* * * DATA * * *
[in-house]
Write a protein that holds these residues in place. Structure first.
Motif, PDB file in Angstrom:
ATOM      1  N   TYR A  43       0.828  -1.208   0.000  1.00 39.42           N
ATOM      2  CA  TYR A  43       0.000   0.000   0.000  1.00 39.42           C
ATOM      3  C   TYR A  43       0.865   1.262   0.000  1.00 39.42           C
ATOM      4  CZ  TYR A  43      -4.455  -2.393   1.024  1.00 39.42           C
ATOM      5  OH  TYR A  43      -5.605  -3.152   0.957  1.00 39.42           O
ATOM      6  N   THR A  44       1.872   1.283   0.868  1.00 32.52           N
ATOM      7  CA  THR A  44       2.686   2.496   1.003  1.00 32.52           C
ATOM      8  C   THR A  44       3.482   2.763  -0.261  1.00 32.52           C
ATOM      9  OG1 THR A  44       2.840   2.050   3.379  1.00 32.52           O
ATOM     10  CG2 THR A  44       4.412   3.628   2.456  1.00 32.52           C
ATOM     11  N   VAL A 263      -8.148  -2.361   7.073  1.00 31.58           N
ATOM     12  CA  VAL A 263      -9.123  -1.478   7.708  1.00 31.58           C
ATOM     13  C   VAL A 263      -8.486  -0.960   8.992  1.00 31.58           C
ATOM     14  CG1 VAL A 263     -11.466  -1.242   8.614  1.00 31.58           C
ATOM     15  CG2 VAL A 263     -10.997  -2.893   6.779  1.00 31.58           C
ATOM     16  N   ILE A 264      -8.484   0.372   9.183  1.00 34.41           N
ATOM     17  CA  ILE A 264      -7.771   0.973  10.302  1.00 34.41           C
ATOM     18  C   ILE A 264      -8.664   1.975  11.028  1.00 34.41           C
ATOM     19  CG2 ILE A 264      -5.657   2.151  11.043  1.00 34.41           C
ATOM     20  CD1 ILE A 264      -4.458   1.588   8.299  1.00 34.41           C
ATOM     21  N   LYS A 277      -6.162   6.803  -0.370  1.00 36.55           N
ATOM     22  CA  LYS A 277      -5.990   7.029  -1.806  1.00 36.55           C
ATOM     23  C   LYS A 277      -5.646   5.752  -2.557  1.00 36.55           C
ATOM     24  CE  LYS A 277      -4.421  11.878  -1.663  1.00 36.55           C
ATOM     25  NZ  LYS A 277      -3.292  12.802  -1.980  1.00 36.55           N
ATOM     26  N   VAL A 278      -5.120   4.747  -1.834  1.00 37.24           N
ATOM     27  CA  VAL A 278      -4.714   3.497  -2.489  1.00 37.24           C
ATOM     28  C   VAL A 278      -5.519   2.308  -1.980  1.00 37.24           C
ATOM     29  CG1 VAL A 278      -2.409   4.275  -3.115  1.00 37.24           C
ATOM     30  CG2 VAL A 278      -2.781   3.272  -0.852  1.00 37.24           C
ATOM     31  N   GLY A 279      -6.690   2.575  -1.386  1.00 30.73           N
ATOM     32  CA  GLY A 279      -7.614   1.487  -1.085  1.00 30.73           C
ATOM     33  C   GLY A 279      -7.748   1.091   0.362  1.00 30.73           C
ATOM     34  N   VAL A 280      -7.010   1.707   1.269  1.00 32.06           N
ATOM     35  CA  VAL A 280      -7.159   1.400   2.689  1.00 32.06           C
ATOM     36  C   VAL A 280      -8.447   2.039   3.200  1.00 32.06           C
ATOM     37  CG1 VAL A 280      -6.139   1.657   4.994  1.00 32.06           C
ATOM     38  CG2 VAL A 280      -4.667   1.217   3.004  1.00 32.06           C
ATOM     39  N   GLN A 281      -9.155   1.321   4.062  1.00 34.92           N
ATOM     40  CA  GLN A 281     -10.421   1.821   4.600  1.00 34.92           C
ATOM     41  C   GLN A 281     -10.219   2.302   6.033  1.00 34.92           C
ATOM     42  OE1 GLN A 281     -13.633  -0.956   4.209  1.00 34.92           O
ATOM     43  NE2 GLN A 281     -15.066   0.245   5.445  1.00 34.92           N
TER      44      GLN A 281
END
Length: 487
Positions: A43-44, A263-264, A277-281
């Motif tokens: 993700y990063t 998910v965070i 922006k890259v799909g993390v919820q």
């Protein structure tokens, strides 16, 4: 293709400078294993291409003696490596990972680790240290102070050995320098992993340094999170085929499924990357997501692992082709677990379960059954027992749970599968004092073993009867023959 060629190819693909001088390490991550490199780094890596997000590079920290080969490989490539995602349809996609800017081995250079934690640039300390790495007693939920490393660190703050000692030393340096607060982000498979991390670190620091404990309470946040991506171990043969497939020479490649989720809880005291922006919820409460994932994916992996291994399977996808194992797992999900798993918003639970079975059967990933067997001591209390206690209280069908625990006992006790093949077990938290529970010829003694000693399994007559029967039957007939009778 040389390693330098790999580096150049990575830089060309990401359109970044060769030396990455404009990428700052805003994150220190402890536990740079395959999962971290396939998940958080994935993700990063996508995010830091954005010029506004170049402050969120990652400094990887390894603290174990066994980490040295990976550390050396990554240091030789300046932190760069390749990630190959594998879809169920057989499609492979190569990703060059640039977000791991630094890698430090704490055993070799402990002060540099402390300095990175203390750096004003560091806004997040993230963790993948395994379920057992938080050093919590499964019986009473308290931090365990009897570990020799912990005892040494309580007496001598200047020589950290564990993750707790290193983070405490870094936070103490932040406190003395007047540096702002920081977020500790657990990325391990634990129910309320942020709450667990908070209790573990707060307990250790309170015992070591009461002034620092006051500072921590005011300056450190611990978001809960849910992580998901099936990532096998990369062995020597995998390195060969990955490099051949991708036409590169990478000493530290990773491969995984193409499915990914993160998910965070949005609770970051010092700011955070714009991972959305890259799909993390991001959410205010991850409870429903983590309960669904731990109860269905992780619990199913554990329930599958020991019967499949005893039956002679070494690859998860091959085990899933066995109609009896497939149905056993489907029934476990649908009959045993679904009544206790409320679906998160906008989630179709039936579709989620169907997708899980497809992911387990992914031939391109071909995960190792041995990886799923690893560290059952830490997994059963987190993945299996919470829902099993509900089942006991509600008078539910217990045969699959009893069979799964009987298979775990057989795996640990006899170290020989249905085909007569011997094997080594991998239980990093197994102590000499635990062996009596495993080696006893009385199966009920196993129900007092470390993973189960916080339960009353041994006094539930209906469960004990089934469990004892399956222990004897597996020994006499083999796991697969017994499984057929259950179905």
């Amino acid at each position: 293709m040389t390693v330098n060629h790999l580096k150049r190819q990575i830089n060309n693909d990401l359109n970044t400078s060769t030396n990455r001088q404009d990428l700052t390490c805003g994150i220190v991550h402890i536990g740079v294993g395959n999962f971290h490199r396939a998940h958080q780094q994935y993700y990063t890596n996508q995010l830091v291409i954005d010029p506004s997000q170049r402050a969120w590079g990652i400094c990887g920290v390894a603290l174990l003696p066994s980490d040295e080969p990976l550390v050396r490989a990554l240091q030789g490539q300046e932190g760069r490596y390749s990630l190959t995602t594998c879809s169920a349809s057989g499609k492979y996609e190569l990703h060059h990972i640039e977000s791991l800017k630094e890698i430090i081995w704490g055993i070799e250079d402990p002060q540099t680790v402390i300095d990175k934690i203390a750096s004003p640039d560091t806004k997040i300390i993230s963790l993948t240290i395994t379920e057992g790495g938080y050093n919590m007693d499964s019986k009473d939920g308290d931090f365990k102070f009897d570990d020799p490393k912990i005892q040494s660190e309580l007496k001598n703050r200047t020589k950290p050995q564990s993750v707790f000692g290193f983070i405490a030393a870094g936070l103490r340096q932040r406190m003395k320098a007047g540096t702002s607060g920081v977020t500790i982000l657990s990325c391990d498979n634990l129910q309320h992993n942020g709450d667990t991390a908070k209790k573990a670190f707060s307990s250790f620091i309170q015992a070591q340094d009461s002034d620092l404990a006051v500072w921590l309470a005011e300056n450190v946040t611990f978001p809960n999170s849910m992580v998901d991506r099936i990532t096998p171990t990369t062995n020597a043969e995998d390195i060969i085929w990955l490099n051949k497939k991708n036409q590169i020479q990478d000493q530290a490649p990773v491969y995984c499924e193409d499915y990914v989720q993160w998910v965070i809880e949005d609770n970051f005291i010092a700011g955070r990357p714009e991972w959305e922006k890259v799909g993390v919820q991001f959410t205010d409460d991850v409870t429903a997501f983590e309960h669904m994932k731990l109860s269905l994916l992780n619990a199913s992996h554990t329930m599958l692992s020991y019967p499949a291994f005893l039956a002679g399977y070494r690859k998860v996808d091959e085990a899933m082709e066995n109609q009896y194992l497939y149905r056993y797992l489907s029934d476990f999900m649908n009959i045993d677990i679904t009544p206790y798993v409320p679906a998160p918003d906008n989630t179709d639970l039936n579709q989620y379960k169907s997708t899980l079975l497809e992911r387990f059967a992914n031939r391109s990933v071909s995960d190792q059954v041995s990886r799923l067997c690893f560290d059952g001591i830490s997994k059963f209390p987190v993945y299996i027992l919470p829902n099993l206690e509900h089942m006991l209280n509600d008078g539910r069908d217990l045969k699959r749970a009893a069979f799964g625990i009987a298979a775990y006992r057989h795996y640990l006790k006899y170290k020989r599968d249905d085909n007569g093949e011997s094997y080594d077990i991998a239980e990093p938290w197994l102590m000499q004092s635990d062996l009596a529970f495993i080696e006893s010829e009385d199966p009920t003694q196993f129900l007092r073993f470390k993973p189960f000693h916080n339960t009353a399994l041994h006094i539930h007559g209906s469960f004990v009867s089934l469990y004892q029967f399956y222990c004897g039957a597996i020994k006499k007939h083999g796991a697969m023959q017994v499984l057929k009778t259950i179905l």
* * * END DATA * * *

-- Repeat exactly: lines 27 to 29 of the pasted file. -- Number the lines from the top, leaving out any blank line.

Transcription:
ATOM     24  CE  LYS A 277      -4.421  11.878  -1.663  1.00 36.55           C
ATOM     25  NZ  LYS A 277      -3.292  12.802  -1.980  1.00 36.55           N
ATOM     26  N   VAL A 278      -5.120   4.747  -1.834  1.00 37.24           N